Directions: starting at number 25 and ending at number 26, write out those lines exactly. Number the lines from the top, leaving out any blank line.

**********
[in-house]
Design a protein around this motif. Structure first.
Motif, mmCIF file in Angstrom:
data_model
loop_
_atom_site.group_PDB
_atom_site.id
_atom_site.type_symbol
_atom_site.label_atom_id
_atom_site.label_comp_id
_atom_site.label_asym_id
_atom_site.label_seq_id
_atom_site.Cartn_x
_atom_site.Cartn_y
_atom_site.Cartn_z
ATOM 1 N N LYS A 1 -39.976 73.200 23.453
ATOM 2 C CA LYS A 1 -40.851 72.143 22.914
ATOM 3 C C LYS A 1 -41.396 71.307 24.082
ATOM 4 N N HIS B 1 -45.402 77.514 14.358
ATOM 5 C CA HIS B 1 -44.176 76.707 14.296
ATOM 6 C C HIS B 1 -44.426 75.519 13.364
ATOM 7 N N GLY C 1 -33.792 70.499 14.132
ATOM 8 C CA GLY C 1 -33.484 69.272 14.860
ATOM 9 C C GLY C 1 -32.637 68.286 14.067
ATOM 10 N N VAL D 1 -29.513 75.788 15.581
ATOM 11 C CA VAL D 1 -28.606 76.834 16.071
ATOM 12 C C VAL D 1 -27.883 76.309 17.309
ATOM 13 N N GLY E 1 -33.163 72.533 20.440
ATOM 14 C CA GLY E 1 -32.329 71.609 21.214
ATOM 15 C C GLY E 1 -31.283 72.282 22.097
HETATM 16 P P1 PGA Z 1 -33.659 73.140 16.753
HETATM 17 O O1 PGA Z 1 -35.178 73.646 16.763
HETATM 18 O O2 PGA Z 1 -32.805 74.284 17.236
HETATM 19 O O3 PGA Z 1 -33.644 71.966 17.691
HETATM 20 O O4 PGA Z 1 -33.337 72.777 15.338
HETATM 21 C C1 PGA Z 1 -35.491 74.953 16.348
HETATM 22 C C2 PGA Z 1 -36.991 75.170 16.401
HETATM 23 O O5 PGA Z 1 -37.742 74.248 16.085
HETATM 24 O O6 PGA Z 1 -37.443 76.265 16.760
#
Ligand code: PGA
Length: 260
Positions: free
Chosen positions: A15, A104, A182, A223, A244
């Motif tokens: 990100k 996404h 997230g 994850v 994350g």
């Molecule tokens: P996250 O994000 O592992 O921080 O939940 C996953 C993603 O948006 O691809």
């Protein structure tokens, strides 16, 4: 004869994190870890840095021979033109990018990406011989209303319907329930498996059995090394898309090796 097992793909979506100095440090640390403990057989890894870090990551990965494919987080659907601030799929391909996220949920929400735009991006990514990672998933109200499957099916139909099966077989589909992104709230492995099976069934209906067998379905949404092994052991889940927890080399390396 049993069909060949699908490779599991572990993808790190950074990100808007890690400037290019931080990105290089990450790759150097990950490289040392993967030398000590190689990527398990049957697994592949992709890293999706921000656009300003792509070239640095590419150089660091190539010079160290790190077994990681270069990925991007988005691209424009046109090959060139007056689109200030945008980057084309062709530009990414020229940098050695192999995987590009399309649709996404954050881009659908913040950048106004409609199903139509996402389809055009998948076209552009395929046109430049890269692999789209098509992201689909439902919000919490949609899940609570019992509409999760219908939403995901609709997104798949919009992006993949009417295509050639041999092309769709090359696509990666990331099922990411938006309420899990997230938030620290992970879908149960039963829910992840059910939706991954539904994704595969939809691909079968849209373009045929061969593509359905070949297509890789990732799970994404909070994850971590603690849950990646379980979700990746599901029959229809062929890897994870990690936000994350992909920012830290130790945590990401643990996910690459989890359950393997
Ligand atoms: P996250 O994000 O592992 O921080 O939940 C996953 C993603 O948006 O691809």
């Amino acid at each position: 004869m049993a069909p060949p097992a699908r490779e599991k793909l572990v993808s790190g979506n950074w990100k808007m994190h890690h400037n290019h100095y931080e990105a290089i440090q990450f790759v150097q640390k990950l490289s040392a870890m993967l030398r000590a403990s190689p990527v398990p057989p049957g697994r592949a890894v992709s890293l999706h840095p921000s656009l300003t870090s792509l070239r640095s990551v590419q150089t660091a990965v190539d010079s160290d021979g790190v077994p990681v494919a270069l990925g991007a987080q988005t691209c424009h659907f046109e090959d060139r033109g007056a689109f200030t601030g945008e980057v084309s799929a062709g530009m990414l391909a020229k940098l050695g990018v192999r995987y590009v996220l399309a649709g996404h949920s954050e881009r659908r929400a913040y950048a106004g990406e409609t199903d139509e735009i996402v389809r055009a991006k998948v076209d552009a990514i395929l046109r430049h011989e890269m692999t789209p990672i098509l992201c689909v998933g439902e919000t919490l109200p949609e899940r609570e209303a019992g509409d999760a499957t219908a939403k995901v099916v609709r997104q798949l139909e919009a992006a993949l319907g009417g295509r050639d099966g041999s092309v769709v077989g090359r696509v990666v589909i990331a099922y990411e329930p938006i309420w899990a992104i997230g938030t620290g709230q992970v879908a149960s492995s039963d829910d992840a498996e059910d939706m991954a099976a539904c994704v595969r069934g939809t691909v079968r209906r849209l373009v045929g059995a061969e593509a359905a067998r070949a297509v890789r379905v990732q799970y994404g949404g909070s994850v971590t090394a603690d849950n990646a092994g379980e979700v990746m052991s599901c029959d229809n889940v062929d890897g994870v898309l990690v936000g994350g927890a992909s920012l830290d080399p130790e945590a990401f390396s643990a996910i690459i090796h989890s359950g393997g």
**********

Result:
ATOM 10 N N VAL D 1 -29.513 75.788 15.581
ATOM 11 C CA VAL D 1 -28.606 76.834 16.071